Dr. Jason Shepherd received an R01 through the National Institute of Mental Health to investigate the mechanism of Arc dependent synaptic plasticity.
Congratulations to Kyle Jenks for receiving a NRSA award from the National Institute of Mental Health!
I discuss the focus of our work and how it relates to neurological diseases.
Our Neuron paper (paper link) describing a new GCaMP reporter mouse (a transgenic mouse that expresses a protein that can sense levels of calcium in cells) is out today! This was a great collaborative project between multiple Utah neuroscience labs. Exemplary of the close knit community here!
Nature published an interesting supplement (Supplement) that looks at how Science and scientists in New Zealand/Australia are evaluated and funded. I find this an interesting topic. Should there be “performance” outcomes like in industry? Should individual scientists be funded on their track record or based on individual projects? The NIH in the US is debating the same issues (NIH Funding). HHMI, for example, has been hugely successful and funds individuals not projects.
This article highlights the difficulty in studying autism but gives some hope to parents. It also shows how much more research needs to be done! Some kids seem to reverse their autism symptoms, behavioural therapy seems to help but is not necessary in some cases. Why some kids can make amazing progress and others not is unclear but is probably due to the distinct genetic underpinnings that cause such a wide spectrums of phenotypes.
Congrats to Kyle who was awarded one of three T32 NIH training grant slots from the Utah neuroscience program!
Traditionally scientists mostly use one sex for their studies. Especially in neuroscience where behavioural differences may prove confounding. While I think this is a good idea, we could certainly be more efficient when using our animal colonies if we did discard females, it will certainly mean that monitoring whether there are sex differences in a study will make it a longer one.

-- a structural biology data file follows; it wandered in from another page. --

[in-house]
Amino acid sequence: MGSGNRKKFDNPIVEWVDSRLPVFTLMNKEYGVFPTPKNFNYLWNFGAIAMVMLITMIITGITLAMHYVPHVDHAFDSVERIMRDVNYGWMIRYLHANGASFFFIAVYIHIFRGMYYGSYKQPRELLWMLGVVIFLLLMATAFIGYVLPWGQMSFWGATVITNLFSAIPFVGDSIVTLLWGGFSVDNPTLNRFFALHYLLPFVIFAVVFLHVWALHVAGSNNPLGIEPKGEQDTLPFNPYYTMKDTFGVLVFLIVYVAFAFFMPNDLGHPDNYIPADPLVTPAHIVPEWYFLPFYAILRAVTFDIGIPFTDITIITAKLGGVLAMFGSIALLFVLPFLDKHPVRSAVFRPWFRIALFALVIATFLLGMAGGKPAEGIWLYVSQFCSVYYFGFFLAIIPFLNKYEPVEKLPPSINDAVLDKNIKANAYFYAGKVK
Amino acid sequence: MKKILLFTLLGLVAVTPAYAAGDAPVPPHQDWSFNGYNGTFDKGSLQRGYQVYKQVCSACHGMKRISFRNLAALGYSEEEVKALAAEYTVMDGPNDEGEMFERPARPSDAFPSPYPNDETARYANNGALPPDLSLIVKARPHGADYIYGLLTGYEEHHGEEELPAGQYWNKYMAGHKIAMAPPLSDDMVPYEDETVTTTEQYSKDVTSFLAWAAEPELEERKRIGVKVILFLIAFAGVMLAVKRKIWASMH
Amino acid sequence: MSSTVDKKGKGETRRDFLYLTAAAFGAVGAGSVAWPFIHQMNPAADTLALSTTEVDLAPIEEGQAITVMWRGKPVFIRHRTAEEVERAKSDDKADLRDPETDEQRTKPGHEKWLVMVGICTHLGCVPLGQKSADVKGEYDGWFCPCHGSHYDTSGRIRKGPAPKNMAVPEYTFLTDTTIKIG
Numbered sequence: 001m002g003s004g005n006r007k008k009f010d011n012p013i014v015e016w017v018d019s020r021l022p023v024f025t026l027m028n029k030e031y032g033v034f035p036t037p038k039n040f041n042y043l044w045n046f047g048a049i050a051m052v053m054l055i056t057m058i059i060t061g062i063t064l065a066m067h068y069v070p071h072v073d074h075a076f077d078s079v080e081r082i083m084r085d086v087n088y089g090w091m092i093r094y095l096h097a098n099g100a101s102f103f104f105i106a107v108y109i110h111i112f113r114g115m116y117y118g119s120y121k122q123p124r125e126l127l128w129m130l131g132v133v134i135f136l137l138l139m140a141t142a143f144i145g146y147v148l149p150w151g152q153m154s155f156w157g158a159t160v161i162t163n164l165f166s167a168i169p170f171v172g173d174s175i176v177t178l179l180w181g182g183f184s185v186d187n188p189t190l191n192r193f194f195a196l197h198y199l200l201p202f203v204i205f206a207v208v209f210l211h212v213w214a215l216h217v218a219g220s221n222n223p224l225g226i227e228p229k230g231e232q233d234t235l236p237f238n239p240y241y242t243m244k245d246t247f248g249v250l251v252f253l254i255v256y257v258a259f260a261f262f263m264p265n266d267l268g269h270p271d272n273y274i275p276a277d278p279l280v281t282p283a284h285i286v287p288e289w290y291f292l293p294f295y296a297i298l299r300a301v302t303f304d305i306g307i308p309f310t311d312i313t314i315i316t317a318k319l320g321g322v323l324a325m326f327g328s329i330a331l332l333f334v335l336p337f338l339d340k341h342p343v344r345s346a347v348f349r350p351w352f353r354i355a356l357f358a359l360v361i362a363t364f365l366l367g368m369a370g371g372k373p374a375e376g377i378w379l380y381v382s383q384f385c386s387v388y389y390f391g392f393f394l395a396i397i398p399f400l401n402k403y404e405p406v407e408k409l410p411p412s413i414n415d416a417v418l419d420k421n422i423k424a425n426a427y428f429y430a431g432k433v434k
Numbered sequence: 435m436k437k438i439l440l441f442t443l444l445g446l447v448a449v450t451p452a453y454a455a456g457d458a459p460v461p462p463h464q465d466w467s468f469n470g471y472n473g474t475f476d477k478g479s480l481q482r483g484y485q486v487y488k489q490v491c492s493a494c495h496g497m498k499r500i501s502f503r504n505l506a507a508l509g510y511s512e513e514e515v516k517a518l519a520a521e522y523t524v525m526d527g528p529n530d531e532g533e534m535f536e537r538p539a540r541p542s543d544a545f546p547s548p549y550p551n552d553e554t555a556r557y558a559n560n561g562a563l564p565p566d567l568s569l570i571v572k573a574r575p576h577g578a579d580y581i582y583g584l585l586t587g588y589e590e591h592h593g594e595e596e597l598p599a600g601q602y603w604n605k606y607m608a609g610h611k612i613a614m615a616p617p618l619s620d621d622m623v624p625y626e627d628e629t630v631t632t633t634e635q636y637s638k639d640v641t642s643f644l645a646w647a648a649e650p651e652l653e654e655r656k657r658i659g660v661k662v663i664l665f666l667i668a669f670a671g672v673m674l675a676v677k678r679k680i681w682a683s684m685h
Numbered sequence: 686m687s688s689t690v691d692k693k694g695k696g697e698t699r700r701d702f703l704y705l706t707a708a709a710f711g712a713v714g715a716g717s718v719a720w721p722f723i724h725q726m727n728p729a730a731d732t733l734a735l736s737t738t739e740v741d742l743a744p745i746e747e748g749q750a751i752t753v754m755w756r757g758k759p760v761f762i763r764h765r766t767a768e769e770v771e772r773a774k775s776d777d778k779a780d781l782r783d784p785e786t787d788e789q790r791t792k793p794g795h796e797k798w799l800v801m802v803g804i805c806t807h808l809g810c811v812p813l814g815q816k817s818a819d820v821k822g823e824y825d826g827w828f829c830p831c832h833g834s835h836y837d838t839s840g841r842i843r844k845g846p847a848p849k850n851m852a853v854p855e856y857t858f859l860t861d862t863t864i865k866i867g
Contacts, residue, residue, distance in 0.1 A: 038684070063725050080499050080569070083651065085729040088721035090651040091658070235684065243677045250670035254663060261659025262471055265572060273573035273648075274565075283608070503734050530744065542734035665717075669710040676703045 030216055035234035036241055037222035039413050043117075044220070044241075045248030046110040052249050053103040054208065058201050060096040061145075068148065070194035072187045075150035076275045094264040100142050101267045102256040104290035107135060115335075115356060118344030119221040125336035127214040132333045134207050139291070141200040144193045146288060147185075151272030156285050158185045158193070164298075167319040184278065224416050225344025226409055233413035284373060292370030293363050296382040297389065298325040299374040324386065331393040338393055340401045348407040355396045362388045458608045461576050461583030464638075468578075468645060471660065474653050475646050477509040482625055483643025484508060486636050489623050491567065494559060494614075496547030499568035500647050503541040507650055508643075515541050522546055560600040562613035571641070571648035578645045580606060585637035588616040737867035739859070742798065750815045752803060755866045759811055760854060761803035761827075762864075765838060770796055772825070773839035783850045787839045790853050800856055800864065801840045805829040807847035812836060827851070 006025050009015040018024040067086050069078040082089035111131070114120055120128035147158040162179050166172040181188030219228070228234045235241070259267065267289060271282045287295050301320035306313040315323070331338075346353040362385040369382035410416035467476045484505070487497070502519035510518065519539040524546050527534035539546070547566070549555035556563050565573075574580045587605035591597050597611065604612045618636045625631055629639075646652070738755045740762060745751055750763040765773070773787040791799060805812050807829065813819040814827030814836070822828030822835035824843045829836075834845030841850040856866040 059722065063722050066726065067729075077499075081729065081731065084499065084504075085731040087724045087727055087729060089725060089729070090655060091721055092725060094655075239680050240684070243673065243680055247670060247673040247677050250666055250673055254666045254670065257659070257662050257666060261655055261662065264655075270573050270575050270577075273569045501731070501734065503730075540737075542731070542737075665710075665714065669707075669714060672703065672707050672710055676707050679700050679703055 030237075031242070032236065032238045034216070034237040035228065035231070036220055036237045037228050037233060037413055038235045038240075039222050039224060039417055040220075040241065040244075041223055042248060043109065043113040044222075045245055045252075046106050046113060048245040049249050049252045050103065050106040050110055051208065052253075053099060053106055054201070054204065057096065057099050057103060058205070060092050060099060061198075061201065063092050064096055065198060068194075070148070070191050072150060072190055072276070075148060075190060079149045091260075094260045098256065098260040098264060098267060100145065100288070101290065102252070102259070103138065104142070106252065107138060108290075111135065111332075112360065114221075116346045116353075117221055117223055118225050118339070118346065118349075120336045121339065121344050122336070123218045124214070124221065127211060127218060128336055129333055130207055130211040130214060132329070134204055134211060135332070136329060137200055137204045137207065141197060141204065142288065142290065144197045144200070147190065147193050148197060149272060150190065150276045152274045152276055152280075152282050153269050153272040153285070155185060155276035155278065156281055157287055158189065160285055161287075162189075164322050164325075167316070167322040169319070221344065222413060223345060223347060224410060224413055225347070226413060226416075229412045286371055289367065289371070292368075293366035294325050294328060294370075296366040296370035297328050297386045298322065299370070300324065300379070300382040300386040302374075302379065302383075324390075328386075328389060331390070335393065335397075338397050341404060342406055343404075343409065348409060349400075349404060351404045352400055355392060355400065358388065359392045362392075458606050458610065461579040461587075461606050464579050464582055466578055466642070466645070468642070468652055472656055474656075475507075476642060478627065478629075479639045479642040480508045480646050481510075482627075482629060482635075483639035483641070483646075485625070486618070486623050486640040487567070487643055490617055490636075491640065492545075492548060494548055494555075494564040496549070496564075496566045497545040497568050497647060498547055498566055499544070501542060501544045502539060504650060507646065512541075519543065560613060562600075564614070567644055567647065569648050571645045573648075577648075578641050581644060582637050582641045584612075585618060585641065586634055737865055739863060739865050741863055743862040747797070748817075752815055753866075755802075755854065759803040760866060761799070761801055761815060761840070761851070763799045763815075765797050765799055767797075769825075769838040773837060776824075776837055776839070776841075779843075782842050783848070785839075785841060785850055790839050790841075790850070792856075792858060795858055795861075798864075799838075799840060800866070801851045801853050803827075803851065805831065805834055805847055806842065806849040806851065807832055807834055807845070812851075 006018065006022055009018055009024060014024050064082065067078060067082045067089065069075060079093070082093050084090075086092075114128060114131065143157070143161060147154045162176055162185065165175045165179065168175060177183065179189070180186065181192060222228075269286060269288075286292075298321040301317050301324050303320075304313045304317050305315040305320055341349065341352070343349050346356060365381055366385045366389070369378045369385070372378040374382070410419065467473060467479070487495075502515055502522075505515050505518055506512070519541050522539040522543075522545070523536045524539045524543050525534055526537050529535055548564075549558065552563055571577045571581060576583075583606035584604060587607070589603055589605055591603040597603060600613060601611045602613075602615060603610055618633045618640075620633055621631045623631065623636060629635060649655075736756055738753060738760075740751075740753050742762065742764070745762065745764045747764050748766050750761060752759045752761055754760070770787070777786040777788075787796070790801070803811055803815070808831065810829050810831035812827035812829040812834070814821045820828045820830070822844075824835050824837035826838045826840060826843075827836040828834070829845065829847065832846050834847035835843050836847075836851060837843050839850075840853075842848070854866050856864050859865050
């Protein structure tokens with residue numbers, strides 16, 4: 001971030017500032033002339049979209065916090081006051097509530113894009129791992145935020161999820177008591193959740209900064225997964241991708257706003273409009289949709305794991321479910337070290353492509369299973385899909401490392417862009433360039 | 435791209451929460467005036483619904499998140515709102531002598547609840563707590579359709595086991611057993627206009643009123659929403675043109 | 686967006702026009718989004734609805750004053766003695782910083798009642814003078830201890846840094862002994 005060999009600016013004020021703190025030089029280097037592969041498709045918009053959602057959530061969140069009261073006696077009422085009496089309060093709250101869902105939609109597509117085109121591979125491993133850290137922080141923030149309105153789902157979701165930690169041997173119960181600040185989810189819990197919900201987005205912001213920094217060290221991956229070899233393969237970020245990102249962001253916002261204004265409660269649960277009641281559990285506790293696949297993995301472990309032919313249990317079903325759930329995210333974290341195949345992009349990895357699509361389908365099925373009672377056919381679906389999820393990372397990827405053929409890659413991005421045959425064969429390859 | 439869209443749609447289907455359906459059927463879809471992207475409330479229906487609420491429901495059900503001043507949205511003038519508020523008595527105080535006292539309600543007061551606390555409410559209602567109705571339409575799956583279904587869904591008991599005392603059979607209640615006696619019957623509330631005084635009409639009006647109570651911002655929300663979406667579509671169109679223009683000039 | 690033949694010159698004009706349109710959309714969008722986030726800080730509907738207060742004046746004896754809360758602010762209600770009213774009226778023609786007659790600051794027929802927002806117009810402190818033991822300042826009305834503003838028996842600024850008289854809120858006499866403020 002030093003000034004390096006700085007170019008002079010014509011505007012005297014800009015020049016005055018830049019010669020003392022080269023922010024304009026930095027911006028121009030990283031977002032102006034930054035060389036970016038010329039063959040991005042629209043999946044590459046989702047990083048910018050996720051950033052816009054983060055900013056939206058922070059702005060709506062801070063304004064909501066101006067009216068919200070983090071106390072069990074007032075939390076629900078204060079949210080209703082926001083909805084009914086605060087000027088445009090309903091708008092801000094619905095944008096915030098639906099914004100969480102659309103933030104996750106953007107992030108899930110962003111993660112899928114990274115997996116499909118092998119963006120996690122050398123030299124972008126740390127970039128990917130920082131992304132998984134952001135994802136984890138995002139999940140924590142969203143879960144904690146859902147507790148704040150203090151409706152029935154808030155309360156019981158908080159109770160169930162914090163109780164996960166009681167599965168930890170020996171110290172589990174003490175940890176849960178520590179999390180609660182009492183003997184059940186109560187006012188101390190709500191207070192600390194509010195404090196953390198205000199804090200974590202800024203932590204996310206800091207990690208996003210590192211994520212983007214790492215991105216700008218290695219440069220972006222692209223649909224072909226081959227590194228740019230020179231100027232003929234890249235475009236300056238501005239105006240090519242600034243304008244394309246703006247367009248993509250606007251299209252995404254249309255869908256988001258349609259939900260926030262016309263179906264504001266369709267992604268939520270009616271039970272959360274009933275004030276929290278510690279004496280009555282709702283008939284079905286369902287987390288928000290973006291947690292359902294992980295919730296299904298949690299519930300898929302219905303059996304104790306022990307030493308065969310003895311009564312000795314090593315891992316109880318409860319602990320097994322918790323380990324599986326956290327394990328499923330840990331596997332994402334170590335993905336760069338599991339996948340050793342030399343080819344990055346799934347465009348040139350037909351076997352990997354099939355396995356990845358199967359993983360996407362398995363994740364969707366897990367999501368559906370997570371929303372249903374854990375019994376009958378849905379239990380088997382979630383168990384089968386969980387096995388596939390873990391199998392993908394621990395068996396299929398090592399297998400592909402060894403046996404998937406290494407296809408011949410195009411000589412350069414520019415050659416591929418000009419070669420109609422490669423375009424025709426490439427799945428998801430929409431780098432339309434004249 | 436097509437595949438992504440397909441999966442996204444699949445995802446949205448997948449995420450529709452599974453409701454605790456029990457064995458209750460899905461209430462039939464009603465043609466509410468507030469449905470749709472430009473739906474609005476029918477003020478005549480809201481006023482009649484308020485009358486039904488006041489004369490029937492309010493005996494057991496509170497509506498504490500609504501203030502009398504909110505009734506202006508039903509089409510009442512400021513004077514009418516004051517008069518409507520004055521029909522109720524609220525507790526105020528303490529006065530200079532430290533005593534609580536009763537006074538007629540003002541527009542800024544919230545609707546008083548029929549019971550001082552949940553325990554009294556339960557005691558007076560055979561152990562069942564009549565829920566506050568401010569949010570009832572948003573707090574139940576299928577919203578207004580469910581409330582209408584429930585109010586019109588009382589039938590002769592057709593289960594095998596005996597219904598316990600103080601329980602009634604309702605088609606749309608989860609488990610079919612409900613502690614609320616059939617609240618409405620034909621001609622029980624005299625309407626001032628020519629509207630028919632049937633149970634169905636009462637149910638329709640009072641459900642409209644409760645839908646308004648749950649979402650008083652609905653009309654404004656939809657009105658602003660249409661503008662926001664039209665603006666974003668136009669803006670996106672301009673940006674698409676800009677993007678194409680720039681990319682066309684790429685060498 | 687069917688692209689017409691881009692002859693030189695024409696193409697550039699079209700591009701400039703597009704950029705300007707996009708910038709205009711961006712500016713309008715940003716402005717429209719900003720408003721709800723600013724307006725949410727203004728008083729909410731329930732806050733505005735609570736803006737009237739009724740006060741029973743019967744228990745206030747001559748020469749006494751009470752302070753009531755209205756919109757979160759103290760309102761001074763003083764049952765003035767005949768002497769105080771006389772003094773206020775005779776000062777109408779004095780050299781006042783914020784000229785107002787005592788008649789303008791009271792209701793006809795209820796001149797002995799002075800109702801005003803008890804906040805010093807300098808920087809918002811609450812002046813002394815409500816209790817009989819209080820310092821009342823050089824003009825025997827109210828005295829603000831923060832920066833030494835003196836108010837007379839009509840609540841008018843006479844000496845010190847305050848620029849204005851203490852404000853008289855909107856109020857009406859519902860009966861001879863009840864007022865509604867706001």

The Utah School of Medicine recently hosted a symposium highlighting new faculty who have won national competitive awards. The mini talks revolved around the human element of science as well as a primer on their exciting research.
Here’s a youtube video with highlights of these talks: Vitae Presentations
The number of students and postdocs in Science has increased every decade but the number of tenure-track positions have not. This current bottle neck is well represented by this graphic: http://www.ascb.org/ascbpost/index.php/compass-points/item/285-where-will-a-biology-phd-take-you
An open discussion on this issue is sorely needed.
This month three new young scientists joined the Shepherd lab:
Cameron Day will be joining as a postdoctoral associate, he recently graduated with his PhD from the Neuroscience program at UTSW.
Andrew Taibi, will be joining as a new Ph.D. student.
Kyle Jenks, will be joining as a new Ph.D. student.
Might be the first time C-SPAN was worth a real laugh! https://www.youtube.com/watch?v=UHqx3-mfHAY
This could be a game changer for the scientific community, so it will be interesting to see how it’s implemented and received!
The National Institute of Mental Health is one of the largest funders of Neuroscience research in the world. This is an interesting article on how NIMH director Thomas Insel has single handedly turned the ship towards funding more mechanistic/biological neuroscience, which as a basic neuroscientist…I approve!
Today the Shepherd lab participated in a Reddit AMA (ask me anything) session:
It was a great experience with over 1000 comments/questions asked…awesome to get so much interest but humbling to see so many people affected by mental illness and other neurological disorders.